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RALEIGH, N.C. (Dec. 7) - A prohibition on river herring and restrictions on importing parts of deer and related animals are among several proposed changes to the state's fishing and hunting rules.

The N.C. Wildlife Resources Commission will hold its annual series of public hearings across the state in January, asking for public comments on an array of proposed changes to hunting, fishing and trapping regulations. After hearing public comments, the 19 members of the state Wildlife Resources Commission will meet in March and vote whether to adopt the revised rules. For a complete list and explanation of the 20 fishing and 35 hunting proposals, log onto

Some of the proposals apply only to a single county, a single public game land or even to a single body of water. Others would affect hunting and fishing on a broader scale.

The proposed ban on importing certain deer, elk and moose parts from other states is intended to protect North Carolina animals from chronic wasting disease. The fatal neurological disease has afflicted deer and elk in 12 states and two Canadian provinces. It has not been detected in North Carolina. The restrictions would allow the following deer, elk or moose parts to enter the state if the items are properly labeled:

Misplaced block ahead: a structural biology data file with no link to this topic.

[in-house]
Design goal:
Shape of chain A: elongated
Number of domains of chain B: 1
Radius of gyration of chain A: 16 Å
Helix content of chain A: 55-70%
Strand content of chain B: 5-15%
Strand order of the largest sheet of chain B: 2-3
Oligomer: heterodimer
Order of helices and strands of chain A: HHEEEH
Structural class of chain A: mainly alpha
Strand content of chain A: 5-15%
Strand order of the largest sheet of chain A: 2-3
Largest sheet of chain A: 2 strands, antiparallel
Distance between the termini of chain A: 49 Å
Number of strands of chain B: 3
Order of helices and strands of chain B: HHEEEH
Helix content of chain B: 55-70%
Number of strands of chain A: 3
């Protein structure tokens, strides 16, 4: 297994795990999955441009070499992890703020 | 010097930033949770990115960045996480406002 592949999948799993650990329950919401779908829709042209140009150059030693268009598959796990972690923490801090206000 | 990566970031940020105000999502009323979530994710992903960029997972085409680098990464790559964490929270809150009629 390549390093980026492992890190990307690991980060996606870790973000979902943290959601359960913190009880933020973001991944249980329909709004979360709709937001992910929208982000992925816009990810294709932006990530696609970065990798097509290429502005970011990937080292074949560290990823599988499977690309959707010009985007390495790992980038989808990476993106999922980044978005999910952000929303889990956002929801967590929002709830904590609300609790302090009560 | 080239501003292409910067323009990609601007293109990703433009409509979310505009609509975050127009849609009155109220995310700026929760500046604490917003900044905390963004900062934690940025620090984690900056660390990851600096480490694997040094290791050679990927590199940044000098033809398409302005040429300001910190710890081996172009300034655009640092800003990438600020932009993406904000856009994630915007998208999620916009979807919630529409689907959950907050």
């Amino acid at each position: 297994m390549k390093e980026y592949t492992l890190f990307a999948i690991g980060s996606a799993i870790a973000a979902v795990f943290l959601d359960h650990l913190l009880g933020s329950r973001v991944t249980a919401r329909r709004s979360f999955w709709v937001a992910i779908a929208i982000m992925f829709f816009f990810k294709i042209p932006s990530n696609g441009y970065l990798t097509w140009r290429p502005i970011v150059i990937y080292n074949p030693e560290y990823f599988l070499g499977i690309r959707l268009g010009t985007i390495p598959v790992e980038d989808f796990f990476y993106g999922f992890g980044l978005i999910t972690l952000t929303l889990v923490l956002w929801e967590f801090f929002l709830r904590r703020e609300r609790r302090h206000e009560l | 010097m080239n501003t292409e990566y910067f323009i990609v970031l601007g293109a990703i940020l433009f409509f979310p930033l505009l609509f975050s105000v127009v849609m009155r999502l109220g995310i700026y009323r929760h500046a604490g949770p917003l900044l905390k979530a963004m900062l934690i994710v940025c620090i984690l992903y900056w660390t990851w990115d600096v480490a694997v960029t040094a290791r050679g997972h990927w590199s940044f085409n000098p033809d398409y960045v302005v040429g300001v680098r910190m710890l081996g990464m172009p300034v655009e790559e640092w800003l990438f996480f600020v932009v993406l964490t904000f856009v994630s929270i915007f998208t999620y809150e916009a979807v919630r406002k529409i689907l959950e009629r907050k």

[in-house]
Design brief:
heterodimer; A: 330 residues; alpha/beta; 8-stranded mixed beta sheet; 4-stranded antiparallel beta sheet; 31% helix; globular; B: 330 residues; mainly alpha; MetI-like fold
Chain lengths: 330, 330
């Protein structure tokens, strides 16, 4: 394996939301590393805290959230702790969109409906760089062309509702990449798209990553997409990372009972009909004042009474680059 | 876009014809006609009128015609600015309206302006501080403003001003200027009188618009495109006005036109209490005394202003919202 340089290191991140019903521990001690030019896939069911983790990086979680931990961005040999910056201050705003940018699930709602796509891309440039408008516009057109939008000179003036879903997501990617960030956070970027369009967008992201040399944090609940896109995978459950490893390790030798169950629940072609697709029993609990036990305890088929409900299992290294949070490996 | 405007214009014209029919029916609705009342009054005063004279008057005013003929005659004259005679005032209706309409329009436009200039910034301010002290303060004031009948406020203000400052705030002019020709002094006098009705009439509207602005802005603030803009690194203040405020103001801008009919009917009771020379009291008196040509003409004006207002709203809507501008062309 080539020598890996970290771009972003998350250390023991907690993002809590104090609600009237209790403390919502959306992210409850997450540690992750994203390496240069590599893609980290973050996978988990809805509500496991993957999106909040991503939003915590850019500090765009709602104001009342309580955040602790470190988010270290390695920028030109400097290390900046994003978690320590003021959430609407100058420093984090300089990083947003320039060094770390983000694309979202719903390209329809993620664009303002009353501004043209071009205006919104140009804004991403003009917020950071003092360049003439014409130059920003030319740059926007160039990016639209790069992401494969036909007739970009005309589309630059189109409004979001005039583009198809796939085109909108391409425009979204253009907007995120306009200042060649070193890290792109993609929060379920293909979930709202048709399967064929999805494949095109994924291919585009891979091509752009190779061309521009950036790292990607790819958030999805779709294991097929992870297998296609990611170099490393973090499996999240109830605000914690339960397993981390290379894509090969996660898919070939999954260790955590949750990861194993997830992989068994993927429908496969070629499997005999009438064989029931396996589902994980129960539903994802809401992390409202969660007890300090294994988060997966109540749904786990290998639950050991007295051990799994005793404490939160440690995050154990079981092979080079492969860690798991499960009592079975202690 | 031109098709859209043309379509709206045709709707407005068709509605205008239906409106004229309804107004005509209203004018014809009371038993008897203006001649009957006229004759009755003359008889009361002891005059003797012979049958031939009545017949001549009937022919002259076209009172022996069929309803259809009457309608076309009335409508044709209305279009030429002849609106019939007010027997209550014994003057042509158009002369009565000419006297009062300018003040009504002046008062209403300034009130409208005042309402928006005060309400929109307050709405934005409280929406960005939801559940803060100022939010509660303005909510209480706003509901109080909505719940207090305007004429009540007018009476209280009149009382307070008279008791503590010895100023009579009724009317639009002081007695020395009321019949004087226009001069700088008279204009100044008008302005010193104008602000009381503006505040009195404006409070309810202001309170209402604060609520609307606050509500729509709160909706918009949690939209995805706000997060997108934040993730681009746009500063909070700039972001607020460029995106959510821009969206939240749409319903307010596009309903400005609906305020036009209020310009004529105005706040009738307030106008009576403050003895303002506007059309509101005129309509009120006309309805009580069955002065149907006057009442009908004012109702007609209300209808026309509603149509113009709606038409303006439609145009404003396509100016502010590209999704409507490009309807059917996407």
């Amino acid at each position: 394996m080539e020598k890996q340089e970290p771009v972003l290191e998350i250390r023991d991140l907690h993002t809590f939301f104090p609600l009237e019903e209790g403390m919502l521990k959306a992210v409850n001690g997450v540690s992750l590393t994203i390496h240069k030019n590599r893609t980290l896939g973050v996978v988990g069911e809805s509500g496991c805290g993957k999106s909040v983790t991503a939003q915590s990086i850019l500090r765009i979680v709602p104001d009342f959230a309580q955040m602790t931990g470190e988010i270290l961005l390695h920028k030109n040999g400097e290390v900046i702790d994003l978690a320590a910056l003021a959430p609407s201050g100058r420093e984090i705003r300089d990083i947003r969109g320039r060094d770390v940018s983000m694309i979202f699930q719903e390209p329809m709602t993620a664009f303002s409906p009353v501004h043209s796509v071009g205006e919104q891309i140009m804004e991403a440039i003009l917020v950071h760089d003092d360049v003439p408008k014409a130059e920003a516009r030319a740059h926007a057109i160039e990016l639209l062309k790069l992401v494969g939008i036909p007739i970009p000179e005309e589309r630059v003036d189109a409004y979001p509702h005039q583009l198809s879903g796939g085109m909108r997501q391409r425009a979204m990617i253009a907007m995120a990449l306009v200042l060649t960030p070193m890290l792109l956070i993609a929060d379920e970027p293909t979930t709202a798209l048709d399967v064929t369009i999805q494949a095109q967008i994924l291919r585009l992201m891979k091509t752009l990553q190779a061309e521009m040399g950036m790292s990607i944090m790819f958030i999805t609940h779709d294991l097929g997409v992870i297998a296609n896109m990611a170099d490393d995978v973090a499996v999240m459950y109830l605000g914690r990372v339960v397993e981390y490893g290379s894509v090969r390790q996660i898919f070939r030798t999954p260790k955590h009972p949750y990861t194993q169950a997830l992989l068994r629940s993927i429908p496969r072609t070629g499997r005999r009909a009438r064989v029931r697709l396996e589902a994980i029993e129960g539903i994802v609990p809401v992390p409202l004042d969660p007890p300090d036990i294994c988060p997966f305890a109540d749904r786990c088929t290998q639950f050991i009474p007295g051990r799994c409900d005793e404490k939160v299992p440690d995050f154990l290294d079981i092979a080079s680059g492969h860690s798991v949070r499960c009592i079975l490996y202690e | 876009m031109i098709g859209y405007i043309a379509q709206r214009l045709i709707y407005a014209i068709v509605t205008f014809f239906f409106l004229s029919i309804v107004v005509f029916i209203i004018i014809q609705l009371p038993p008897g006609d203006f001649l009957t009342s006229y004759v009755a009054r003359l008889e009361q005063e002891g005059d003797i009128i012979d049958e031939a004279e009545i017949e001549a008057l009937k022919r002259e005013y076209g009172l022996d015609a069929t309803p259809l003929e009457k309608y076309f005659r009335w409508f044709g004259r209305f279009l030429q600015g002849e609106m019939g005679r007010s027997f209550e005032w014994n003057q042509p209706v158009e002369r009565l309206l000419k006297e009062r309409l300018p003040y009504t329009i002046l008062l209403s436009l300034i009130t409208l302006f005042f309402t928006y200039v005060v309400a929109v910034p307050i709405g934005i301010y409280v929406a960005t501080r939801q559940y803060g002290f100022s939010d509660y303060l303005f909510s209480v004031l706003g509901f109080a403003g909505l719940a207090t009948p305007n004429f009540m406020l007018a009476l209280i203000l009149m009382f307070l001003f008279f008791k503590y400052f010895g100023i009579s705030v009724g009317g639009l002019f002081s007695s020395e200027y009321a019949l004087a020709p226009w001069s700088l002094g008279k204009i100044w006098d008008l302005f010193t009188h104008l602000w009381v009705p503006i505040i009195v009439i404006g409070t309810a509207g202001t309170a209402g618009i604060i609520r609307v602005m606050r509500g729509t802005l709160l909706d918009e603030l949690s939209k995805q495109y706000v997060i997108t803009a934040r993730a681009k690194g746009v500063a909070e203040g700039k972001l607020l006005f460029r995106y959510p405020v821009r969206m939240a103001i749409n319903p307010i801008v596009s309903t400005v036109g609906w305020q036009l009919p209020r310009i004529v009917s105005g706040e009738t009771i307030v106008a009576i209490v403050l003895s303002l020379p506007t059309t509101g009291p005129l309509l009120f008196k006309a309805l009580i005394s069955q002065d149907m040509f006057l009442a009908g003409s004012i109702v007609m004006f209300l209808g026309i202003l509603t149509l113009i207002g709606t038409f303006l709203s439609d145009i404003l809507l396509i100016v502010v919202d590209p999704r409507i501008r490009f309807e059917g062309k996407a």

· meat that is cut and wrapped;
· quarters or other portions of meat with no part of the spinal column or head attached;
· meat that has been boned out;
· hides with no head, meat or other tissue attached;
· cleaned skull plates with no meat or other tissue attached;
· antlers;
· cleaned teeth;
· finished taxidermy products.

The proposed ban on fishing for alewife and blueback herring, which are collectively known as river herring, would prohibit taking or possessing the fish in coastal rivers and their tributaries up to the first dam. Coastal stocks of river herring are severely depleted, and restrictions are necessary to promote their recovery.

Other proposed hunting and fishing rules changes include:
· opening spring turkey season each year on April 10, or on April 9 when the 10th falls on Sunday;
· allowing harvest of "male or bearded" turkeys during the spring gobbler season, making it legal to harvest beardless males and bearded hens;
· raising the minimum length limit for flounder in inland waters from 13 inches to 14 inches;
· allowing coyotes, which have increased in area and population within North Carolina, to be hunted at night using red or amber lights outside deer season.

The Wildlife Resources Commission will hold nine public hearings across the state:
· Monday, Jan. 9 - Bladen County Courthouse, Elizabethtown;
· Wednesday, Jan. 11 - Alamance County Courthouse, Graham;
· Thursday, Jan. 12 - South Stanly High School, Norwood;
· Tuesday, Jan. 17 - Morganton Municipal Auditorium;
· Wednesday, Jan. 18 - Southwest Community College, Sylva;
· Thursday, Jan. 19 - Starmount High School, Boonville;
· Tuesday, Jan. 24 - Swain Auditorium, Edenton;
· Wednesday, Jan. 25 - Craven County Courthouse, New Bern;
· Thursday, Jan. 26 - Annex Building, District Court Room, Louisburg.

Hearings begin at 7 p.m.
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